Spring Cleaning at the Yard
Warmer days and longer evenings can only mean one thing, Summer is on its way! Are you prepared yet? From Spring cleaning stables to pasture preparation, we’ve put together a selection of must-haves and top tips to help you get ready for Summer on the yard.
Stable Spring Cleaning
Has your horse been stabled over the Winter? If so, you may find that their stable is looking a little worse for wear! Now is the perfect time to do a thorough Spring clean. This will benefit not only your stable’s appearance and longevity but the health and well-being of your horse!
Can you smell ammonia (NH3) in your horse’s stable? For us horse owners the smell is all too familiar! Naturally, the smell of ammonia is repulsive, causing us to reflexively recoil in order to avoid it. Unfortunately, because we’re frequently exposed to the smell whilst we are in a situation that evokes positive emotions (spending time with our horses) we don’t react as we should. Ammonia is a caustic substance, sufficiently alkaline to be classified as a strong irritant, which affects the skin, eyes, nasal passages, sinuses and lungs. For both ourselves and our horses the effects of exposure can range from mild,reversible discomfort to chronic and irreversible damage. Spring cleaning stables at the end of Winter is a great way to make sure that ammonia build up is removed.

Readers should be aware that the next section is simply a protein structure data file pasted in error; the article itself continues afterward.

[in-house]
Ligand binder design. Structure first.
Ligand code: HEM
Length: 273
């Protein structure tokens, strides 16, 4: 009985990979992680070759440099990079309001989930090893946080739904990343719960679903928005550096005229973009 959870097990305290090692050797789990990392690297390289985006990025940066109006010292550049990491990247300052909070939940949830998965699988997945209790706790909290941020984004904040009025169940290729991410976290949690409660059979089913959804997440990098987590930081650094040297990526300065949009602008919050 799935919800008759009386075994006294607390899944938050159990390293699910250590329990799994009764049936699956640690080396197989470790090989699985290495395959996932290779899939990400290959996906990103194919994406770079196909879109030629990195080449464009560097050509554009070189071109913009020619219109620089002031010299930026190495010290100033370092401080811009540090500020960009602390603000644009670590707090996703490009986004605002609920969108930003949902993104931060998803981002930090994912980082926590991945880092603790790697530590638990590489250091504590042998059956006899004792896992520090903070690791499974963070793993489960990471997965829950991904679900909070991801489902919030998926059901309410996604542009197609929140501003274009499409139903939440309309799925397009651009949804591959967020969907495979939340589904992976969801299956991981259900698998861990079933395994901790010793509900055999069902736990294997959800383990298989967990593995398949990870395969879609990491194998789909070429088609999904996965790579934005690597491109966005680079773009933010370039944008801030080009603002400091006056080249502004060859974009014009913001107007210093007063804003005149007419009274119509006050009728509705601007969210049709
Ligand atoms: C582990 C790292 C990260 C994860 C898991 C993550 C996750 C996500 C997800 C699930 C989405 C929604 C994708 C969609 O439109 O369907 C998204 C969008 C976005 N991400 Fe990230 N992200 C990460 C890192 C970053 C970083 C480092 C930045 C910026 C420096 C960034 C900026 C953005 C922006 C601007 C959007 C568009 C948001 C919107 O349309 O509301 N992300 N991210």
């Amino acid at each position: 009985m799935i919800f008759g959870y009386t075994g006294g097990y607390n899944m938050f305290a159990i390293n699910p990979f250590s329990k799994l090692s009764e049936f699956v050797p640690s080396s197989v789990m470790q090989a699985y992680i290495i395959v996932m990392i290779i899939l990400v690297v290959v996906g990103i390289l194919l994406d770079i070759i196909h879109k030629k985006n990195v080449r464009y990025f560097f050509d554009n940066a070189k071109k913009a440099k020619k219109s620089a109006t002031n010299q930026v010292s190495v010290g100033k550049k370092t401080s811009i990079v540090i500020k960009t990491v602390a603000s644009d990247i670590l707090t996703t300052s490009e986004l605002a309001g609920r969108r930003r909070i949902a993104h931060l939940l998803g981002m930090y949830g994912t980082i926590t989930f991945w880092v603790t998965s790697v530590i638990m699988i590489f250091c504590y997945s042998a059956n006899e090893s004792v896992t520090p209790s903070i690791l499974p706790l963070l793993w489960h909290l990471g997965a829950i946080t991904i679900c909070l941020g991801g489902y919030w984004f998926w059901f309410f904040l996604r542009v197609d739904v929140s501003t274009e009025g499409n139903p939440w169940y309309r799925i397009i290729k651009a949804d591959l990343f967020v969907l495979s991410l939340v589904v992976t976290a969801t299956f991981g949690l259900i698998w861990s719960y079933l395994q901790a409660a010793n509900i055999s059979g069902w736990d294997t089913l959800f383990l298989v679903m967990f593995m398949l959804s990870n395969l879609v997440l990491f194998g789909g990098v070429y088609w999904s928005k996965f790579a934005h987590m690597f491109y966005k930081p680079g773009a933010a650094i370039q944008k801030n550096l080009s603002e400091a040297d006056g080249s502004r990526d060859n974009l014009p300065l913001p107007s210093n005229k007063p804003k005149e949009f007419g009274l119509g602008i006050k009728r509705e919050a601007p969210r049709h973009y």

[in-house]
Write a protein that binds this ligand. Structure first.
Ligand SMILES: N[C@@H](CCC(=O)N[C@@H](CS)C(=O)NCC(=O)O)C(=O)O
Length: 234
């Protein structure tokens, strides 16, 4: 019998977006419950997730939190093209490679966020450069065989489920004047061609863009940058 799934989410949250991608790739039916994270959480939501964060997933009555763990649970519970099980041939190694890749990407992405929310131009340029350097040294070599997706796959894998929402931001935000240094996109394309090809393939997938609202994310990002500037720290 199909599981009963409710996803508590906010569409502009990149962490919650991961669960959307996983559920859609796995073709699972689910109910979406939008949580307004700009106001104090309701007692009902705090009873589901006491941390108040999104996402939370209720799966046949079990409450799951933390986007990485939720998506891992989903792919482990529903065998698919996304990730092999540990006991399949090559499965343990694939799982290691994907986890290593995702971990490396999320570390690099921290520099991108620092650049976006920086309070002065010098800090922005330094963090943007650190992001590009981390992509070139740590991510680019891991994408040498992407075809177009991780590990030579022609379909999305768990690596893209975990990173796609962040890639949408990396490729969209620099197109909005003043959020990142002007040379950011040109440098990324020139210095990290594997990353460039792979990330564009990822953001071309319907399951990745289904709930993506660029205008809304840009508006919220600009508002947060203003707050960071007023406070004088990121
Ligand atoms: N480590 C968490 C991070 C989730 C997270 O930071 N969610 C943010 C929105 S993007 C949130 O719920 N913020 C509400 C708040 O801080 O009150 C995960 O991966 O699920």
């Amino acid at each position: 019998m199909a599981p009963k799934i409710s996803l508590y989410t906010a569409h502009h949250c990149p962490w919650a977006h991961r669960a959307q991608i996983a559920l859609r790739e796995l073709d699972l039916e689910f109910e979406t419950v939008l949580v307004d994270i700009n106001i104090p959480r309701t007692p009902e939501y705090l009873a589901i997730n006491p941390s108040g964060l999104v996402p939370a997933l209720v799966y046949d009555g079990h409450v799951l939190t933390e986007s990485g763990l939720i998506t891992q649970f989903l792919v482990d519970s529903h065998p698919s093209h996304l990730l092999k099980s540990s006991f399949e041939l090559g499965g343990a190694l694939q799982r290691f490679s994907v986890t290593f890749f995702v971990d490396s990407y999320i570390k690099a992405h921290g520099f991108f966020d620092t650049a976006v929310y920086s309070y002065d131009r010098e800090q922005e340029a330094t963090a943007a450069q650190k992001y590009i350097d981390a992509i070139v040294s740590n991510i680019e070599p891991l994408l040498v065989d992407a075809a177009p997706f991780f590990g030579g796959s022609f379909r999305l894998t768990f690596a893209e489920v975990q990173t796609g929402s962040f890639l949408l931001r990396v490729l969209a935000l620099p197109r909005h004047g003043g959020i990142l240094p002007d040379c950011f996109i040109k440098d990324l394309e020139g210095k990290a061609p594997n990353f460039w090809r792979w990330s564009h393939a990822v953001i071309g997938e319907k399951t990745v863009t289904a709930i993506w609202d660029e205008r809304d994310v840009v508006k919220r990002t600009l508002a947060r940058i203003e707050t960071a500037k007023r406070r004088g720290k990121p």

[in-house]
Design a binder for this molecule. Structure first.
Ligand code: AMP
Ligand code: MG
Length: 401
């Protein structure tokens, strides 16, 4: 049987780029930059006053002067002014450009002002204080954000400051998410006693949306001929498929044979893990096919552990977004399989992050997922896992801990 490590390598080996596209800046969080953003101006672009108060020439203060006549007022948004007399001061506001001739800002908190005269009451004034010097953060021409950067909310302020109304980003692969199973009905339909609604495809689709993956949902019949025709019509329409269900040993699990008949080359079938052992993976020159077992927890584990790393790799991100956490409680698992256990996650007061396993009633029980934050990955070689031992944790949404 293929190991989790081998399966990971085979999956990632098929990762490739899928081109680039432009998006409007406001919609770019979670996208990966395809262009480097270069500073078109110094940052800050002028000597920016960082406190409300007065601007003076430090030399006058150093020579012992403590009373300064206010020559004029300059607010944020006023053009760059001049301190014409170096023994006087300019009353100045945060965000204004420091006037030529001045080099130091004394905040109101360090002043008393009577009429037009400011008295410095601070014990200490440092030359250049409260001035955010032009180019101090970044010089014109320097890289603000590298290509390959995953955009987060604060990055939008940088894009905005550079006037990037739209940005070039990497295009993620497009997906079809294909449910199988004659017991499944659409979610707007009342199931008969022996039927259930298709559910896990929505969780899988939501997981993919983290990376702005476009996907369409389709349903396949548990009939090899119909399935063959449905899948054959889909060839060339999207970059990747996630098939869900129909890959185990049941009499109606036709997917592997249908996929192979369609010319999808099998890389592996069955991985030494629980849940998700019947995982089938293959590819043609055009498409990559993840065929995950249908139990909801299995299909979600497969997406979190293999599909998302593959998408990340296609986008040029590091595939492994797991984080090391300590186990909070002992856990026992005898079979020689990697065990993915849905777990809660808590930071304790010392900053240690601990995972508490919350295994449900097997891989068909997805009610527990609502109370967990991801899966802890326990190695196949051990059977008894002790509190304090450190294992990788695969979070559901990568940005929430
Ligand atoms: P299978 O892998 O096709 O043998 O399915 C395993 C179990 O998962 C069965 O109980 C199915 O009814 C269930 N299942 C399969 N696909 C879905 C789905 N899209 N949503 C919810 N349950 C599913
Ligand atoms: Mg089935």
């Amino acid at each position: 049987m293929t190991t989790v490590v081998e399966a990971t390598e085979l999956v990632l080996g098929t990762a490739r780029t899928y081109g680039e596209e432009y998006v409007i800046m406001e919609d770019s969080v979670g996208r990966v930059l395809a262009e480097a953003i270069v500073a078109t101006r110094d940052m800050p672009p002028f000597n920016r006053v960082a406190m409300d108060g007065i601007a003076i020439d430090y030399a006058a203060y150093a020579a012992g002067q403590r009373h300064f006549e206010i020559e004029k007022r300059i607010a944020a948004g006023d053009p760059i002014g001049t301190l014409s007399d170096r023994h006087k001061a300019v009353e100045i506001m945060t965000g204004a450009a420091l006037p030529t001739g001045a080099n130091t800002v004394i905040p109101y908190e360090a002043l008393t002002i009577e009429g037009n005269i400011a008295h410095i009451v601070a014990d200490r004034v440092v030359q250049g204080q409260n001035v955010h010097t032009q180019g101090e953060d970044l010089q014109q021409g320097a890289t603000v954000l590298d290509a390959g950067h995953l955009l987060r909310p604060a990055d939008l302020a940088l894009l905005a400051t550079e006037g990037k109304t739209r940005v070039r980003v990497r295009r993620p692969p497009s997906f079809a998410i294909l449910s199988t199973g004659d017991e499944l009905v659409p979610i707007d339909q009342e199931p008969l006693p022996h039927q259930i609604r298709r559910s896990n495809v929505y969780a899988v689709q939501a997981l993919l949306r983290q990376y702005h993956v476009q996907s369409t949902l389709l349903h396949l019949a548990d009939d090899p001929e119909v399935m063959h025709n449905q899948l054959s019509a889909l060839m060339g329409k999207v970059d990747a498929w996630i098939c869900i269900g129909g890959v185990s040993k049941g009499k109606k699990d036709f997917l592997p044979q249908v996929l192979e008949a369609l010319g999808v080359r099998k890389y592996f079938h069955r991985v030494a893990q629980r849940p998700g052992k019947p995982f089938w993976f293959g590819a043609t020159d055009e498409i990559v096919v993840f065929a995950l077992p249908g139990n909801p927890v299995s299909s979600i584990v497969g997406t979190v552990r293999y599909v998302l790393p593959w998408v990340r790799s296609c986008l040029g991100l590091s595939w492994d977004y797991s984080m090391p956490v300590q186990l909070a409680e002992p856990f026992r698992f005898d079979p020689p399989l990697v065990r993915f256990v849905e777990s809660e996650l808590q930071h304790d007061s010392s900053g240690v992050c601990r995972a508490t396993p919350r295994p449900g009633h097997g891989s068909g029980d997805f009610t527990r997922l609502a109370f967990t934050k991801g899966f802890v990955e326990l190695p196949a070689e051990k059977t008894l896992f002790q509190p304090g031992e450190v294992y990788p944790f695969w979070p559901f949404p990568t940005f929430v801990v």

Dust and Mould
Respiratory diseases are some of the most common illnesses in horses, affecting both their general health and well-being and their performance. Ammonia isn’t the only hidden nasty that can build up in your horses stable over the Winter months. Mould spores and dust are commonly found in horse bedding and feed. Without adequate ventilation and cleaning dust and spores settle on surfaces such as walls, floors and windows. These irritate the lining of your the horse’s lungs. Prolonged exposure to such irritants can lead to coughing and respiratory infections.
So, now we know why Spring cleaning stables is so important, here’s a few tips to help you get it underway!